But you do have a point, I find myself making assumptions about the intelligence of people reading celebrity gossip magazines, and then suddenly realising that they are probably doing the same thing with me, for reading romance novels.

  12. Ellen AAR says:

    I read several Danielle Steel books years ago and liked some of them. I remember enjoying Jewels very much. I think there are good books in every genre, and I’d never say that all (insert genre here) are trash and not worth reading. I do draw the line at celebrity gossip magazines, although I do sneak a peek at the covers while I wait in line at the grocery.

    My own bookshelves are very eclectic. I have books on religion, history, biography, and yes, cookbooks. On the fiction side I have romance, mystery, classics, fantasy, and science fiction. The only genre I don’t have is westerns. I love western movies, but not novels.

  13. Sue says:

    While I definitely the support of reading outside one’s comfort zone, I will continue to refuse to give a plagiarist one red cent, thank you very much. :)

  14. ann says:

    JML – if you are looking for an autobiography, I enjoyed “Leap of Faith” by Queen Noor of Jordan.

  15. Julie says:

    I will admit, I finally branched out this week and tried paranormal again. I don’t know if the reason I hated it before was because I read a particularly bad book or what, but I started reading Nalini Singh’s Psy/Changeling series and I LOVE THEM. I’m now buying all the books in the series and can only hope the rest are as good as the first one. So, I say bah to people who aren’t willing to branch out. Find an author in a genre you aren’t familiar with that everyone seems to like and give it a shot. You never know what you’ll find.

  16. bavarian says:

    Readaholic, a very good description of myself. So I read nearly everything or better said I try everything. But there are many genres I feel they are not for me, even in the romance genre itself.
    Danielle Steel, read her, two or three times and now I’ll never try her again. An English author, Rosamunde Pilcher, has some very successful books in Germany (even a series of tv shows) but I can’t stand her, after trying the books my mother was so fond of. Nicholas Sparks – I tried, but no. In my experience many of the world wide bestsellers are not for me. I’ve also tried some of the German bestsellers and also no.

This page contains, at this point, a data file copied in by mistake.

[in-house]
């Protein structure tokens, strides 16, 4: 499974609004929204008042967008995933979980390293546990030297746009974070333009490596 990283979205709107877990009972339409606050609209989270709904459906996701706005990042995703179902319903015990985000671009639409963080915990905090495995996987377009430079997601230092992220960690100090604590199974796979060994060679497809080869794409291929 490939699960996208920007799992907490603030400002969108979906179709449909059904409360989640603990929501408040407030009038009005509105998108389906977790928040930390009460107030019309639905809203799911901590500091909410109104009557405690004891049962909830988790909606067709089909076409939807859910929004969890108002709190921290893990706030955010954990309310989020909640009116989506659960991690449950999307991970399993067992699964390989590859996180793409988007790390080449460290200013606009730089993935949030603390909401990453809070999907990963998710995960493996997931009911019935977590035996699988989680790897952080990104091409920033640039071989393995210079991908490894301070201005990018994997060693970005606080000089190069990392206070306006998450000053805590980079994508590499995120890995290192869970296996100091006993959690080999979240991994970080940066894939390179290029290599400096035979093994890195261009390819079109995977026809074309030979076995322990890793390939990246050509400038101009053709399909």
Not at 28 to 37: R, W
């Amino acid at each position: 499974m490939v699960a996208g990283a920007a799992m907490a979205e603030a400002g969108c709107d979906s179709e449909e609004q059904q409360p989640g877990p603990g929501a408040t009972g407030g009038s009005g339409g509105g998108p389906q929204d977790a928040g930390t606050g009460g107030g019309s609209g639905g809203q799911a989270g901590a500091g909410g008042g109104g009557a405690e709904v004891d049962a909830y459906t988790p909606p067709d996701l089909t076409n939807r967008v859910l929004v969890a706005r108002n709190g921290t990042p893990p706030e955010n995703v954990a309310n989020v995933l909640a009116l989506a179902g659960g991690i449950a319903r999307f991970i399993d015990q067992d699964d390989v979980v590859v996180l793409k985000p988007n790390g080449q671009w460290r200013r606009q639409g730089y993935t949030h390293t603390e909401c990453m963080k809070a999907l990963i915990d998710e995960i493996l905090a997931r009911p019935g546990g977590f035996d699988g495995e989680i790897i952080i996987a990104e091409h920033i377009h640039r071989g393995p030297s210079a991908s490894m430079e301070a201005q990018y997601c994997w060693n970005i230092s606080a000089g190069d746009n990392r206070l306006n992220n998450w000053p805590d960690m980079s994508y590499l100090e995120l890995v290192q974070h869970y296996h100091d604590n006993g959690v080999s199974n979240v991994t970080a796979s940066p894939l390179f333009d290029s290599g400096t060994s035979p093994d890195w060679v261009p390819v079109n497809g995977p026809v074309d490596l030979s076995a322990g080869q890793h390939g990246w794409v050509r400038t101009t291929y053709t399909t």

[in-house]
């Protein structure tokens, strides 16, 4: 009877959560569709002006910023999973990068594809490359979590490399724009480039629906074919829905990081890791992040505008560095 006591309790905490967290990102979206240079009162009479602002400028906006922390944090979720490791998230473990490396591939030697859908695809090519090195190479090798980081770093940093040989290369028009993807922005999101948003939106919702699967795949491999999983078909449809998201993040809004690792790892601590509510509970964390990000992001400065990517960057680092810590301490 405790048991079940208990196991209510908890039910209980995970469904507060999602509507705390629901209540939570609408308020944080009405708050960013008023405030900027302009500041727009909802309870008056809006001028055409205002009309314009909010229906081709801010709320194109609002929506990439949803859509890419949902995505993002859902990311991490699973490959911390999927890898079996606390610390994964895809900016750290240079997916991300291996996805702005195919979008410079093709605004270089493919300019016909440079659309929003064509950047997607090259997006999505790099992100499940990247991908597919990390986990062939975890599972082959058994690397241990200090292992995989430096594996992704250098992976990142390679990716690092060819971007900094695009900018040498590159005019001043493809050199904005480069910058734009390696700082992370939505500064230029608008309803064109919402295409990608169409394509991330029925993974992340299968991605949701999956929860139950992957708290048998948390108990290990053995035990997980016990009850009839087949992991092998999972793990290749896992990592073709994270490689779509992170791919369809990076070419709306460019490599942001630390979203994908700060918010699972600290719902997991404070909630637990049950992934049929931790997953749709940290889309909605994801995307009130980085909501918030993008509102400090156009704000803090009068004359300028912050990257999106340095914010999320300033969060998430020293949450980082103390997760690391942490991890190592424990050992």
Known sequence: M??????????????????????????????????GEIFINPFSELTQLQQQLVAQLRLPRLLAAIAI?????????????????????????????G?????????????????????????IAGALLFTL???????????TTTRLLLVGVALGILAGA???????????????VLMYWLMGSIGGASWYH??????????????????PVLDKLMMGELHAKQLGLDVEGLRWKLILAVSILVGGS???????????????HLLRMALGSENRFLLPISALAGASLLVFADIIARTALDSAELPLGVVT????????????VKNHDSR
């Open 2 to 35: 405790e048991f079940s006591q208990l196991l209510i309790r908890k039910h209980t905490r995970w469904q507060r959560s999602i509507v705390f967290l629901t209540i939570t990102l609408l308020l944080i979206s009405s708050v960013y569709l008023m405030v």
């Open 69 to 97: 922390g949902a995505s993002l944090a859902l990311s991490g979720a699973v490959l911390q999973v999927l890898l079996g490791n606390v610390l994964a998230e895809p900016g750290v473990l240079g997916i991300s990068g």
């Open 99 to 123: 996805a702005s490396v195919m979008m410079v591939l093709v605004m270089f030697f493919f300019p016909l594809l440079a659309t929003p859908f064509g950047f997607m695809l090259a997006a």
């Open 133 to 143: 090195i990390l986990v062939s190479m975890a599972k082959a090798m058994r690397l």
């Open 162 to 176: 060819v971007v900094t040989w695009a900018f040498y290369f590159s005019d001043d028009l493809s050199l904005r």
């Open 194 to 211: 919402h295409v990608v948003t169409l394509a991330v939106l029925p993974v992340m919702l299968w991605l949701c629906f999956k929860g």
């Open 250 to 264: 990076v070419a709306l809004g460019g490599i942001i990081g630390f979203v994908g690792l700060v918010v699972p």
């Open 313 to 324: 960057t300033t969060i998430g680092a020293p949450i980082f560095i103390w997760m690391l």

As for prejudices: I’ve a very big one, but it is a prejudice not so much about the books themselves but about the readers. There seems to be a lot of people who read only books they found on a bestseller list, who orient themselves only by what others seem to judge as good, who have no own mind about what they read.

  17. Victoria S says:

    Jane, you must have been in my head when I ordered the “BY Moonlight” trilogy by Nancy Gideon. They are shape-shifter books, which I don’t particularly read, but it was offered as a trilogy (I love three-fers) and it sounded kinda interesting. I am now hooked on Max and Charlotte. They remind me of Rourke and Eve Dallas, only instead of Irish and a used-to-be-criminal, he’s a shape shifter and still a criminal. I understand she will be doing several more in the “Midnight” series, and I will be right there with her.
    Who knows, Danielle Steele could well be next :-)

  18. konyha says:

    I have begrudgingly read several of Danielle Steele’s books (as well as Barbara Cartland and Nora Roberts) when I was stranded at my mum’s a few weeks one summer.

    Believe me, Danielle Steel is doing quite well without the handful of varied points of view here:
    http://online.wsj.com/article/NA_WSJ_PUB:SB10001424052748704820904575055810681797400.html